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International Bribery Scandal Invades the ECB
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International Bribery Scandal Invades the ECB

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International Bribery Scandal Invades the ECB

By Wolf Richter

The bribery scandal came at the worst possible moment for the European Central Bank. Already it’s struggling on a daily basis with the ballooning debt crisis in the Eurozone. And it’s trying to defend its independence against an onslaught of demands to print unlimited amounts of euros and buy the crappy sovereign bonds of the Eurozone's weaker members. But now, Ewald Nowotny, member of its Governing Council, is up to his neck in hot water.

A spokesperson of the state prosecutor in Vienna, Austria, announced on Monday that the criminal investigation of an international bribery scandal that has been simmering for a while has been expanded to over 20 suspects. And it has now entangled six current directors of the Austrian National Bank (OeNB), including its Governor, Ewald Nowotny (Handelsblatt).

The scandal is centered on a division of the OeNB, the Oesterreichische Banknoten- und Sicherheitsdruck GmbH, (OeBS), which is in the lucrative business of printing money, literally. And it has been active in soliciting bank-note business from foreign governments since 2000. On its website, it claims that it “excels at combining innovative security features with modern designs.” Apparently, it also excels at bribery, kickbacks, and money laundering.

According to the prosecution, OeBS paid €17 million in bribes to Syrian officials to obtain orders from the Syrian government (Wiener Zeitung). Payments were routed to offshore outfits, such as the Panamanian mailbox company Venkoy, with representatives in Switzerland. The prosecutor is further investigating €1.7 million in kickbacks that made their way back to Austria (Die Presse). Similar arrangements with Azerbaijan are also being investigated. Two weeks ago, four people—the managing director and the head of marketing of OeBS and two lawyers—were arrested. Bits and pieces of the affair began to see the light of the day last June, when questions were raised by Austrian tax authorities about the deductibility of these payments.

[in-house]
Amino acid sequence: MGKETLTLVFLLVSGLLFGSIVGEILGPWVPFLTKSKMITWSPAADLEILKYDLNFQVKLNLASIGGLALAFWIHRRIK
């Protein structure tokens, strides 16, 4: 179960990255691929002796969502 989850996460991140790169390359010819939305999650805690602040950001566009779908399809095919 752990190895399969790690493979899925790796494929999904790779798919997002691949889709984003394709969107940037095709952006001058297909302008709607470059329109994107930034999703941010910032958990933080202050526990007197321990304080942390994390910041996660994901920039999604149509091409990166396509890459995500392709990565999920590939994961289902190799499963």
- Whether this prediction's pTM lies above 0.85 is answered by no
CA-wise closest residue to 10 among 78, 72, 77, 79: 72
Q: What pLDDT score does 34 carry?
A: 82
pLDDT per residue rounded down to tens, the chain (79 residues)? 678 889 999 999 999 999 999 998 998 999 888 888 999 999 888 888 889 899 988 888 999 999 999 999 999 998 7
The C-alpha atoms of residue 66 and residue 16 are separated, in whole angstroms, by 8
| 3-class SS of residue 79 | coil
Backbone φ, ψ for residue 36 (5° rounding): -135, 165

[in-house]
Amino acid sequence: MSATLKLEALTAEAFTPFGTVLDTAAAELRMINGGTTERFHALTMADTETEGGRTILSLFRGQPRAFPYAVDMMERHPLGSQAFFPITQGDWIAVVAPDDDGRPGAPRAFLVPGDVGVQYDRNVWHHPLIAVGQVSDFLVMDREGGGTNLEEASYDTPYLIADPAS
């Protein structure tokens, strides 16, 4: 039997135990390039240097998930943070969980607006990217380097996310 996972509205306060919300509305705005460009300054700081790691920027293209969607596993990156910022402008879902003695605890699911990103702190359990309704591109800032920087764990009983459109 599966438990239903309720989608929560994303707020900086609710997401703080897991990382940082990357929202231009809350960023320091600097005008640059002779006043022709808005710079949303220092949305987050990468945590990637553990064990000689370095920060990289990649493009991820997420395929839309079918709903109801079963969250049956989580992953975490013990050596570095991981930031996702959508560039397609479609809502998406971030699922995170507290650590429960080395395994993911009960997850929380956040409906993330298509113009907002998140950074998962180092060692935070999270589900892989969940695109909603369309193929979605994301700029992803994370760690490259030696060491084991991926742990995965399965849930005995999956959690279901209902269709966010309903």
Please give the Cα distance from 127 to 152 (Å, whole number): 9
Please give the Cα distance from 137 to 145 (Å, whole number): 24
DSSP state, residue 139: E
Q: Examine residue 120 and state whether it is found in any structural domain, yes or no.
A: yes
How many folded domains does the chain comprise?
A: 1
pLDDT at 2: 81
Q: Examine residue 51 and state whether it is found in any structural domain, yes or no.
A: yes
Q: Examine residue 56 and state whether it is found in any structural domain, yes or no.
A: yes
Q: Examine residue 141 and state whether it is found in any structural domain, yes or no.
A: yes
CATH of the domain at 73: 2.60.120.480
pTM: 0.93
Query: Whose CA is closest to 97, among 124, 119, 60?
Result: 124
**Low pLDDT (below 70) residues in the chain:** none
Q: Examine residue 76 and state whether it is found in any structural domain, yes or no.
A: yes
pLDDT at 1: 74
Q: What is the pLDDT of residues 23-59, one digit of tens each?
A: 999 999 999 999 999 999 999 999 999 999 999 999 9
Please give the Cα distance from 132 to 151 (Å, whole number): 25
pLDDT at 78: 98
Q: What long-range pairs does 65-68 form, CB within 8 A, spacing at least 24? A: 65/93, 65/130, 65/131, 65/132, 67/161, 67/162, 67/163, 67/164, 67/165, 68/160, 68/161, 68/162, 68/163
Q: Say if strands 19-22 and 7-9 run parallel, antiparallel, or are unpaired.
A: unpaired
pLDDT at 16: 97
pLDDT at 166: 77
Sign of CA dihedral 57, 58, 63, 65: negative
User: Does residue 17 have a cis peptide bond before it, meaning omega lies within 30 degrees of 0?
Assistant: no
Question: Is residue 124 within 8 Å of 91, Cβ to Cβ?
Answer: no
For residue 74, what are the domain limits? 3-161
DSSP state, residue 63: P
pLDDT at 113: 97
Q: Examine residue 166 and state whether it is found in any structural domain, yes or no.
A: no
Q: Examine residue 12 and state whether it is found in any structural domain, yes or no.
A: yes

The OeNB confirmed on Monday that a criminal prosecution has been initiated against six of its directors, including its Governor Ewald Nowotny, Vice Governor Wolfgang Duchatczek, and Director Peter Zöllner, who were accused of having known about the bribery of foreign public officials in connection with the acquisition of bank note printing orders. Of course, it defended its directors: the accusations were based on statements by fired employees, it said—implying that it’s nothing but a vendetta. Based on the information the directors had in front of them at the time, they’d assumed that the payments were for actual and legitimate services, and that the acquisition of orders complied with all applicable rules and laws, it said.

But on November 9, the Vienna-based daily paper Kurier created a stir when it said that it had obtained a copy of the minutes of the OeNB Board of Directors meetings. According to these minutes, the directors had known for years that millions of euros in bribes were being paid to acquire bank-note business from foreign governments.

For example, on March 24, 2010, the managing director of OeBS informed the OeNB board about a possible order from Azerbaijan for 150 million bank notes that carried a “commission” of 10%. And how did the board react? “Duchatczek asked the managing director to initiate the acquisition activities so that the years 2011 and 2012 would be at capacity.”

Over the years, the minutes show, Nowotny, Duchatczek, and their colleagues asked questions about various payments but then did nothing. For example, on December 15, 2008, Nowotny asked about the amount of a commission and the recipient in Azerbaijan. The managing director then “informed that there is a representative in Switzerland,” and that the commission would amount to 20% of the order. And that was that.

The OeNB had already tried to stamp out the brushfire and protect its directors by firing the managing director and the director of marketing at the OeBS. Stated reason? An internal audit revealed “unlawful actions and withholding of information from the Supervisory Board.” At the time, the bribery of Syrian officials had already surfaced, along with €600,000 in “unusual expenses.”

Maximum penalty for bribery is ten years in prison, according to the Handelsblatt. But given the impunity with which central bankers act, I doubt that Nowotny or the other central bankers will ever face any serious risk of ending up there. He might not even lose his jobs at the OeNB and at the ECB. And his future, well, given that he is a central banker, looks bright.

Proton Bank in Greece had siphoned off $1 billion in a scheme of fraud, embezzlement, money laundering, and offshore front companies. And got bailed out. But then a bomb exploded.... European Bailout Fund Pays For Greek Money Laundering And Fraud.

Wolf Richter

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